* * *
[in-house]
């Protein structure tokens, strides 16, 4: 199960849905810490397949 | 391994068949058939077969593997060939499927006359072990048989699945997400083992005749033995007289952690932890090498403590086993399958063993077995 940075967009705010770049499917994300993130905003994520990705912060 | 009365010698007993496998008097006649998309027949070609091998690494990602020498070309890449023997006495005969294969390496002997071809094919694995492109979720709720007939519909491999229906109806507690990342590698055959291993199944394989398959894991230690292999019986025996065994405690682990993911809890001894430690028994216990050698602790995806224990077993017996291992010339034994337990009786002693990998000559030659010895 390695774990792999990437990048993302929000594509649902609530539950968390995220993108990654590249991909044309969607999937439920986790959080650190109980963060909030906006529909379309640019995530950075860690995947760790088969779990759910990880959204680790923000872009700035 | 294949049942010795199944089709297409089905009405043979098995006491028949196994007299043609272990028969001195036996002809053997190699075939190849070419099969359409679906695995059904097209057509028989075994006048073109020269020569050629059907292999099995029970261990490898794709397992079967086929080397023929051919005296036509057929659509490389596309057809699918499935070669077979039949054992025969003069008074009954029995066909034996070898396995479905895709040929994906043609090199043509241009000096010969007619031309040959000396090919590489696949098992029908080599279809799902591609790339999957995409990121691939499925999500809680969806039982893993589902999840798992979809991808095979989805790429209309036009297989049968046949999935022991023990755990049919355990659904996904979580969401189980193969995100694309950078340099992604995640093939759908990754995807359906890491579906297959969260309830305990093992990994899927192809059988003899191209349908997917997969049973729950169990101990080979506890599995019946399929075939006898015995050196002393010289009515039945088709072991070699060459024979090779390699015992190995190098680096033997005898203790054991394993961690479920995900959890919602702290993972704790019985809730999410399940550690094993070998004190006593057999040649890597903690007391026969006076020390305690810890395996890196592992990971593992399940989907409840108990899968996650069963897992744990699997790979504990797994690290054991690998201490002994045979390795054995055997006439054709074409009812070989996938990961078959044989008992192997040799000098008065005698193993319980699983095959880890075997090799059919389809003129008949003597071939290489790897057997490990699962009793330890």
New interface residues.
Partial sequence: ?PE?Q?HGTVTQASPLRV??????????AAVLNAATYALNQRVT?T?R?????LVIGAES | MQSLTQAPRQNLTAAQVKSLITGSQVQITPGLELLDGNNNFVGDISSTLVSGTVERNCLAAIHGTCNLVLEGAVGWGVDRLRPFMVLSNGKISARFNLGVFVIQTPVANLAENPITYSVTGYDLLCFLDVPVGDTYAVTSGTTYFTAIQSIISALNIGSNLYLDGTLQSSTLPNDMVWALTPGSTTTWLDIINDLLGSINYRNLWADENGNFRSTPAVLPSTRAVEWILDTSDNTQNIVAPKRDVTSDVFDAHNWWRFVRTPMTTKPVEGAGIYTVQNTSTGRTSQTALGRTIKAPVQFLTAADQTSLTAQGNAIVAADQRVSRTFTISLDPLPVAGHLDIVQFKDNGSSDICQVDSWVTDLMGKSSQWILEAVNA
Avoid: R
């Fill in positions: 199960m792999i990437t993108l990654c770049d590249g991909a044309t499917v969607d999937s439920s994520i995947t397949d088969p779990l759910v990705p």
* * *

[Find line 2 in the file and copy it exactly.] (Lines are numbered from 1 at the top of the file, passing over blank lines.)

């Protein structure tokens, strides 16, 4: 199960849905810490397949 | 391994068949058939077969593997060939499927006359072990048989699945997400083992005749033995007289952690932890090498403590086993399958063993077995 940075967009705010770049499917994300993130905003994520990705912060 | 009365010698007993496998008097006649998309027949070609091998690494990602020498070309890449023997006495005969294969390496002997071809094919694995492109979720709720007939519909491999229906109806507690990342590698055959291993199944394989398959894991230690292999019986025996065994405690682990993911809890001894430690028994216990050698602790995806224990077993017996291992010339034994337990009786002693990998000559030659010895 390695774990792999990437990048993302929000594509649902609530539950968390995220993108990654590249991909044309969607999937439920986790959080650190109980963060909030906006529909379309640019995530950075860690995947760790088969779990759910990880959204680790923000872009700035 | 294949049942010795199944089709297409089905009405043979098995006491028949196994007299043609272990028969001195036996002809053997190699075939190849070419099969359409679906695995059904097209057509028989075994006048073109020269020569050629059907292999099995029970261990490898794709397992079967086929080397023929051919005296036509057929659509490389596309057809699918499935070669077979039949054992025969003069008074009954029995066909034996070898396995479905895709040929994906043609090199043509241009000096010969007619031309040959000396090919590489696949098992029908080599279809799902591609790339999957995409990121691939499925999500809680969806039982893993589902999840798992979809991808095979989805790429209309036009297989049968046949999935022991023990755990049919355990659904996904979580969401189980193969995100694309950078340099992604995640093939759908990754995807359906890491579906297959969260309830305990093992990994899927192809059988003899191209349908997917997969049973729950169990101990080979506890599995019946399929075939006898015995050196002393010289009515039945088709072991070699060459024979090779390699015992190995190098680096033997005898203790054991394993961690479920995900959890919602702290993972704790019985809730999410399940550690094993070998004190006593057999040649890597903690007391026969006076020390305690810890395996890196592992990971593992399940989907409840108990899968996650069963897992744990699997790979504990797994690290054991690998201490002994045979390795054995055997006439054709074409009812070989996938990961078959044989008992192997040799000098008065005698193993319980699983095959880890075997090799059919389809003129008949003597071939290489790897057997490990699962009793330890």